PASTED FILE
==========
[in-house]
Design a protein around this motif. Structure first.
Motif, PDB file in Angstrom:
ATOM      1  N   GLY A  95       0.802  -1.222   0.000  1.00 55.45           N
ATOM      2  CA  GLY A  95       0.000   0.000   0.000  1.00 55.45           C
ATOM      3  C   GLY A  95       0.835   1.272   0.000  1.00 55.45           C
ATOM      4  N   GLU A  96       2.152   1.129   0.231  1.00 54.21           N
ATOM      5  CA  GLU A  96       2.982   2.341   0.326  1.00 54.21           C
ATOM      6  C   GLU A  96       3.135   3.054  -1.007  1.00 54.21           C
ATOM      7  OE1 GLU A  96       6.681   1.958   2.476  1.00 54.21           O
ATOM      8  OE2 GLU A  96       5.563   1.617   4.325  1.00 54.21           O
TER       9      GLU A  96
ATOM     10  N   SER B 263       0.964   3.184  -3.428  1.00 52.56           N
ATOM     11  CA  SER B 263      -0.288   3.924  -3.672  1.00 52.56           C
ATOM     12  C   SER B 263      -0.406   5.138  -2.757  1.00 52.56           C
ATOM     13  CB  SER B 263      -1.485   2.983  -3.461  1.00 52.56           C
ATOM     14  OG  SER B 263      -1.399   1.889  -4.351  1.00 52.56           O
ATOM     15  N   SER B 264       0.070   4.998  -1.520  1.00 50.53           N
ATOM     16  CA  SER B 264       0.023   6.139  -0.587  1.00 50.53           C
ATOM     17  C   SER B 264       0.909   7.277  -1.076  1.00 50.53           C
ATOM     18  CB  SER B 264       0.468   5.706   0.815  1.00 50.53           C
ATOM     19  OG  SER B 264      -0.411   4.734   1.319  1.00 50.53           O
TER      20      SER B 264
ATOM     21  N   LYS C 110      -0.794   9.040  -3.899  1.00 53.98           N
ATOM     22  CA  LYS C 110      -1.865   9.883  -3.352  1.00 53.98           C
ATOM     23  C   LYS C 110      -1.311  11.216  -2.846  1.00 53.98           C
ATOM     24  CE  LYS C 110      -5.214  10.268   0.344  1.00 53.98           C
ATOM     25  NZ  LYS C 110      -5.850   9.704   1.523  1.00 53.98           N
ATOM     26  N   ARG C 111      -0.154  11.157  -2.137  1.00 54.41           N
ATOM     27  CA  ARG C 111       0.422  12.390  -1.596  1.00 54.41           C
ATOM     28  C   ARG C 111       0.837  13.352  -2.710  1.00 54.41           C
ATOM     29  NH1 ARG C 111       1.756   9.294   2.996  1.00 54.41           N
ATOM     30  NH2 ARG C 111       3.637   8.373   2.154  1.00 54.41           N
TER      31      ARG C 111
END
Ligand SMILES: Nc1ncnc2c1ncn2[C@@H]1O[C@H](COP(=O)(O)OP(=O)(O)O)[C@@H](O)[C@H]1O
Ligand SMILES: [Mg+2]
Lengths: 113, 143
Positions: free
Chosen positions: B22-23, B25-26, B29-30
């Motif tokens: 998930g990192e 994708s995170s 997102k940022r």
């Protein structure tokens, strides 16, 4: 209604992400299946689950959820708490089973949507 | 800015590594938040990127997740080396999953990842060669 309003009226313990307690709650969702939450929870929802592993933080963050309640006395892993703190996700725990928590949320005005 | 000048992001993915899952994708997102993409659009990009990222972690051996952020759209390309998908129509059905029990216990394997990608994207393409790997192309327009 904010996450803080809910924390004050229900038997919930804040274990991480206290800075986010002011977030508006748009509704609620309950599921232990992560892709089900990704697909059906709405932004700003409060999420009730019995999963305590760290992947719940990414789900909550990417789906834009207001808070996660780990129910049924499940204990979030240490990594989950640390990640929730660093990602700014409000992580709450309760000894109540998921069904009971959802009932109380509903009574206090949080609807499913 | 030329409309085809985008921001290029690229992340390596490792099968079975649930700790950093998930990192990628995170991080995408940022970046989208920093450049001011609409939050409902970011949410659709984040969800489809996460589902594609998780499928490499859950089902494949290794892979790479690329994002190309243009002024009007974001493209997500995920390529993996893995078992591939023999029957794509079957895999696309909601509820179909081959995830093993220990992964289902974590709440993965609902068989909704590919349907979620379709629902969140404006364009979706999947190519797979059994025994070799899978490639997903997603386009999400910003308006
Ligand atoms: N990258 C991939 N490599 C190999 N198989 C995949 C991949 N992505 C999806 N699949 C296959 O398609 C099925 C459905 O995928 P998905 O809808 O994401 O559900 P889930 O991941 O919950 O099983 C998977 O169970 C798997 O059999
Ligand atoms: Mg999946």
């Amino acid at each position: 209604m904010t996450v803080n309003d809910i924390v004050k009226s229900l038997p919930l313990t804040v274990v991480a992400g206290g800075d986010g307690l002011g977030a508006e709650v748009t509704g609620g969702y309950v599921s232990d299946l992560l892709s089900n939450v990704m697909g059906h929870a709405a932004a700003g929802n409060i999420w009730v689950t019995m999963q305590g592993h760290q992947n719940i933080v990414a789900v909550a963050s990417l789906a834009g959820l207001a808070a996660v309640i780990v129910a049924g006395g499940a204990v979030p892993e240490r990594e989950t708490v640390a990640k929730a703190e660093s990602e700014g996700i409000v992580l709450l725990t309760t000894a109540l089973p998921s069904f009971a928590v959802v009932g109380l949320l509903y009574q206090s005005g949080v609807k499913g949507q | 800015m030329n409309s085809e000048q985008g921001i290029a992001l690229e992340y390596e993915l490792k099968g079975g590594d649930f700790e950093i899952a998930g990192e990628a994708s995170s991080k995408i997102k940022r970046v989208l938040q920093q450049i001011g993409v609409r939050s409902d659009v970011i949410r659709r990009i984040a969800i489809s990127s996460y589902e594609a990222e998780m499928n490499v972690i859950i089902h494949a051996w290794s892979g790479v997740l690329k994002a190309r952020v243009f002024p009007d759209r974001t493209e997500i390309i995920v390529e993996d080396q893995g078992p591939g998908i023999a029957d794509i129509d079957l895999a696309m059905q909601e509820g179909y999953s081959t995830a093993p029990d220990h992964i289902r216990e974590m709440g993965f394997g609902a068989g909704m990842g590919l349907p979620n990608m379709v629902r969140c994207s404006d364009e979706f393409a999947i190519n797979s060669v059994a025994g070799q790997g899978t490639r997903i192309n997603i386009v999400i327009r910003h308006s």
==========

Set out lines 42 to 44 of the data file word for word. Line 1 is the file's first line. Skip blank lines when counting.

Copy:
């Protein structure tokens, strides 16, 4: 209604992400299946689950959820708490089973949507 | 800015590594938040990127997740080396999953990842060669 309003009226313990307690709650969702939450929870929802592993933080963050309640006395892993703190996700725990928590949320005005 | 000048992001993915899952994708997102993409659009990009990222972690051996952020759209390309998908129509059905029990216990394997990608994207393409790997192309327009 904010996450803080809910924390004050229900038997919930804040274990991480206290800075986010002011977030508006748009509704609620309950599921232990992560892709089900990704697909059906709405932004700003409060999420009730019995999963305590760290992947719940990414789900909550990417789906834009207001808070996660780990129910049924499940204990979030240490990594989950640390990640929730660093990602700014409000992580709450309760000894109540998921069904009971959802009932109380509903009574206090949080609807499913 | 030329409309085809985008921001290029690229992340390596490792099968079975649930700790950093998930990192990628995170991080995408940022970046989208920093450049001011609409939050409902970011949410659709984040969800489809996460589902594609998780499928490499859950089902494949290794892979790479690329994002190309243009002024009007974001493209997500995920390529993996893995078992591939023999029957794509079957895999696309909601509820179909081959995830093993220990992964289902974590709440993965609902068989909704590919349907979620379709629902969140404006364009979706999947190519797979059994025994070799899978490639997903997603386009999400910003308006
Ligand atoms: N990258 C991939 N490599 C190999 N198989 C995949 C991949 N992505 C999806 N699949 C296959 O398609 C099925 C459905 O995928 P998905 O809808 O994401 O559900 P889930 O991941 O919950 O099983 C998977 O169970 C798997 O059999
Ligand atoms: Mg999946």